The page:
The identification of UK BAP priority rivers:

Generating a spreadsheet of potential, or candidate qualifying river water bodies

(December 2011)

 

The development of the UK BAP 'rivers' priority habitat

A review of UK BAP priority habitats and species was carried out and published in 2007.  This was the first full review of the UK BAP list, generated over 10 years previously, and its aim was to ensure that the list of priority habitats and species remained focused on the correct priorities for action.  As part of this review, it was proposed that a UK BAP priority 'rivers' habitat was necessary, but that the definition and description of this habitat needed to be developed further.  In particular it was agreed that it was necessary to draw up a set of criteria for identifying features that could qualify a river as a priority habitat, to ensure sufficient coverage of the whole range of river types important for nature conservation, without classifying every river within the UK as a priority habitat.

 

At the time of the review, the definition of the new priority habitat ‘rivers’ was therefore accepted only in draft form, pending further work and agreement by specialists.  Work to refine the definition and develop the criteria was carried out by a Steering Group, including representatives from the conservation and environment agencies (Scottish Natural Heritage (SNH), Natural England (NE), Northern Ireland Environment Agency (NIEA), Countryside Council for Wales (CCW), Joint Nature Conservation Committee (JNCC), the Environment Agency (EA) and the Scottish Environment Protection Agency (SEPA)), and an NGO (Buglife).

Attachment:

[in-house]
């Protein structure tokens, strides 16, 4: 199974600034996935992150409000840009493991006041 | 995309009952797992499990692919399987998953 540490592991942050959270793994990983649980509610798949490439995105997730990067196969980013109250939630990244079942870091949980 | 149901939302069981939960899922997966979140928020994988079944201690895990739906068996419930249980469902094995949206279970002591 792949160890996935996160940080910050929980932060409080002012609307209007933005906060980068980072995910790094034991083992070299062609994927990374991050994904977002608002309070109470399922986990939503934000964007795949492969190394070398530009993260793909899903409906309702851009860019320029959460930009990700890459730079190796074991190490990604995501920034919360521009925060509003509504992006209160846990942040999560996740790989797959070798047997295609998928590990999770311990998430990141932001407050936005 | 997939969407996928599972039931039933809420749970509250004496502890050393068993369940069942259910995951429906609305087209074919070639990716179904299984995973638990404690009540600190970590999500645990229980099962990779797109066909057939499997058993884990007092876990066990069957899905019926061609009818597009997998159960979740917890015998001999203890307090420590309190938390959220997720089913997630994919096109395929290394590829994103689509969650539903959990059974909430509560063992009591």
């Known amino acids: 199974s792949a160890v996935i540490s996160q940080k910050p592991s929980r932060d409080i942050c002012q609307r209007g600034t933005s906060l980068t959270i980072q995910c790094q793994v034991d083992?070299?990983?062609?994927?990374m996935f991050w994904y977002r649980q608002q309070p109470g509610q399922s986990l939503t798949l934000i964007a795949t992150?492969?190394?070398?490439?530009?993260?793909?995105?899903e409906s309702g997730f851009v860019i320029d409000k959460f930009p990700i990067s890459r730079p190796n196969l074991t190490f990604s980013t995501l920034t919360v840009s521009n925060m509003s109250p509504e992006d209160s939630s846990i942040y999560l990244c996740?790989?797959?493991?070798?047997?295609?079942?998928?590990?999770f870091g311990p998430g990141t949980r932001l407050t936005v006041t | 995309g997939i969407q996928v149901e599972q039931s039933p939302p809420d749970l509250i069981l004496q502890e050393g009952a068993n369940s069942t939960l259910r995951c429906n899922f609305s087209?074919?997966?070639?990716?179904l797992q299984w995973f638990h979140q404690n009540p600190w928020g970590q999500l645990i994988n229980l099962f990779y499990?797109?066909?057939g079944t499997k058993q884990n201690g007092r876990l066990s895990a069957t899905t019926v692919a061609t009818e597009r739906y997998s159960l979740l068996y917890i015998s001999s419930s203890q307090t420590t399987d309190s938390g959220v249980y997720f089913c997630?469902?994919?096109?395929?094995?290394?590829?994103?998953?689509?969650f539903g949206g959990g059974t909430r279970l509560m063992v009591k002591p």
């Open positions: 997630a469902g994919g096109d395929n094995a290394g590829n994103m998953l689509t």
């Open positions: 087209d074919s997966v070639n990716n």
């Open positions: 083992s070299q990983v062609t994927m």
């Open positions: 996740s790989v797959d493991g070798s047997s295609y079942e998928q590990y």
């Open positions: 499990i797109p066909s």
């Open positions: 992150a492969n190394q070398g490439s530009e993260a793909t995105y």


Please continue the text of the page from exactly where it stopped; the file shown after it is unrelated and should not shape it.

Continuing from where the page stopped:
Agreed criteria

The criteria were finally agreed and published in July 2010, along with a more comprehensive definition of the habitat.  The criteria are summarized as:

  1. Rivers of high hydromorphological status under the EC Water Framework Directive (WFD).
  2. Headwaters.
  3. Occurrence of the EC Habitats Directive Annex I habitat H3260 ‘Water courses of plain to montane levels with the Ranunculion fluitantis and Callitricho-Batrachion vegetation’.  This includes, but is not confined to, all river Special Areas of Conservation (SACs) designated for the feature.
  4. Chalk rivers, as described in the pre-existing BAP definition.
  5. Active shingle rivers.
  6. Areas or Sites of Special Scientific Interest (ASSIs or SSSIs) designated for river species, riverine features or fluvial geomorphology.  This also includes Geological Conservation Review (GCR) and Earth Science Conservation Review (ESCR) sites of importance for fluvial geomorphology.
  7. The presence of priority or indicator species, including: Annex II Habitats Directive species; BAP priority species; and invertebrate species which are strongly indicative of river shingle.

 

Further information on the criteria is available in the published definition (see http://jncc.defra.gov.uk/Docs/UKBAP_
BAPHabitats-45-Rivers2010.doc
) for the most recent version, updated in December 2011).  For a river water body to qualify as a potential priority river, one or more of the criteria listed is required to be present.

 

Collecting, compiling and comparing the data